This Is Your Bass On Compression - Part 3

By Donald Dinsmore

Whether you're making pop, rock or dance music, bass is the anchor of your tune.  It provides rhythm, groove and lays the foundation for the rest of the mix to be built upon.  Producers often run into issues with bass.  Not only is bass difficult to monitor in a reliable way in most home studios, but certain attributes of the sound itself can cause problems.  Much like when dealing with drums (see These Are Your Drums on Compression), producers reach for compressors when processing their bass for specific reasons.  Compressors can be used to reduce the dynamic range of a bass performance and level out of the differences in volume between hits. Compressors can also be used to accentuate or reduce the punch of bass sounds.  When working with bass sounds comprised of multiple different voices layered together, a compressor can help glue them together to make the bass a single cohesive mix element.  

In this article we're going to look at the dos and don'ts when it comes to compressing your bass and some strategies you can apply to your own mixes.  If you haven't read our previous articles on compression and you like to do things in order, check out Part I and Part II of the series.


Compression is often useful when working with bass guitar because inconsistent note volumes can lead to some notes overwhelming the mix and other notes dropping out of it.  Compressing the louder notes will allow for a more consistent output level of the bass and help make the bass easier to mix.  

Smoothing Out Note Volumes

Smoothing out note volume doesn't require copious amounts of compression and for this purpose you don't need a crazy fast compressor set in peak mode.  For this example, I set Compressor to RMS mode, so the compressor is a little less sensitive.  I started with a ratio somewhere between 2:1 and 4:1, an ultra fast attack and a medium release and a threshold set to 'way too much.'

Most electric basses have a pronounced transient at the front of the waveform that provides the pluck sound of the bass.  Generally this transient is considered a good thing because it adds impact to your bass.  To preserve it, use a slower attack time will be required.  Start increasing the attack time while listening for the pluck sound to come through uncompressed.  Once you have the pluck sounds coming through adjust the release time.  Similar to drums the release will need to be fast enough to recover in between notes but not so fast that you hear a "sucking" sound from the compressor.  The idea is to clamp down and release the compression relatively quickly so that the tail and sustain of the note will still be audible.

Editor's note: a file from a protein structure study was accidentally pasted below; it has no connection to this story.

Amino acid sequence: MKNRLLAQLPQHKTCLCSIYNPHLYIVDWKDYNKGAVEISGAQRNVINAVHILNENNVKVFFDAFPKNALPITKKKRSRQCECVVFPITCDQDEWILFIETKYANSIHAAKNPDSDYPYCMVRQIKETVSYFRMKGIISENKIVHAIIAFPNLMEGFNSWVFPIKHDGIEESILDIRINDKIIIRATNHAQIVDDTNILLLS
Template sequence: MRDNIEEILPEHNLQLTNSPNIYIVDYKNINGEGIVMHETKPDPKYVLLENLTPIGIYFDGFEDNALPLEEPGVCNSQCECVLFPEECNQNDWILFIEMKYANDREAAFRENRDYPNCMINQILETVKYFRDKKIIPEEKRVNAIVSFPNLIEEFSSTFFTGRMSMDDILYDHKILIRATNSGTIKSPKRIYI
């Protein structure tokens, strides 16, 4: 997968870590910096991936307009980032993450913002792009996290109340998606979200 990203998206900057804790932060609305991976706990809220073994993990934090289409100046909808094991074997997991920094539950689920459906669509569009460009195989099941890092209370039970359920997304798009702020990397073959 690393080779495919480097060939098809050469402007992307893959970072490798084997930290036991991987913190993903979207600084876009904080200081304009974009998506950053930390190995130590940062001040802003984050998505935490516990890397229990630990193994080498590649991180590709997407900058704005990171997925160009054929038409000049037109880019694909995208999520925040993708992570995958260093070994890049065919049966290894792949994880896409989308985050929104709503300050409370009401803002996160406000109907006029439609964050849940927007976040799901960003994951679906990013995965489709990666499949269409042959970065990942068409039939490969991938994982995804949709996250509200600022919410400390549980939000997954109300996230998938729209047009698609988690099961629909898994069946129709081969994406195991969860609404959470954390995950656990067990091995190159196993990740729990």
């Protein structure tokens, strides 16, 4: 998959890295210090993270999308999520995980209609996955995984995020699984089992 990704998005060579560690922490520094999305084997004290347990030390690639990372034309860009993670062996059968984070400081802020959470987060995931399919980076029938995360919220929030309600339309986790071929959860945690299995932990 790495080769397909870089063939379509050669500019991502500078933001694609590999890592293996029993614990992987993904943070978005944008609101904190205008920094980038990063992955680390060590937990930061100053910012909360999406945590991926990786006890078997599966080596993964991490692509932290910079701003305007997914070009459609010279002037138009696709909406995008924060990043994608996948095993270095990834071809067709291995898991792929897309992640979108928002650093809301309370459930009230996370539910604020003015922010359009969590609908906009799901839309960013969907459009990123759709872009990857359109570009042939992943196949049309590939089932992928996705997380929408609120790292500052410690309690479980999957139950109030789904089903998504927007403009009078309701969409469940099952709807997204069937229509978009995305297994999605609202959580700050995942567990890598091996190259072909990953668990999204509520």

Fine tune the threshold and ratio settings.  To smooth of the volumes of different notes in a transparent way somewhere between 3 and 5dB of gain reduction is plenty.  Compensate for the gain reduction and set the output gain to match the uncompressed signal.  A/B the processed and unprocessed signals in the context of the mix to determine if the effect sounds better or not.



Unlike electric bass synth bass doesn't often NEED compression.  Amplitude envelopes can easily be adjusted to sculpt transients and control the sustain.  Note to note volume differences can be eliminated by turning velocity sensitivity down, or off.  Often producers will apply compression to synth bass out of habit (bad) or to add tone of colour to the sound (good).

When the Vel% is set to 0, velocity will not effect the volume of the notes.  Keep in mind all of the parameters in the black window control are specific to the Operator that has been selected.  Note: parameters other than volume can be controlled with velocity i.e. filter cutoff, LFO rate etc.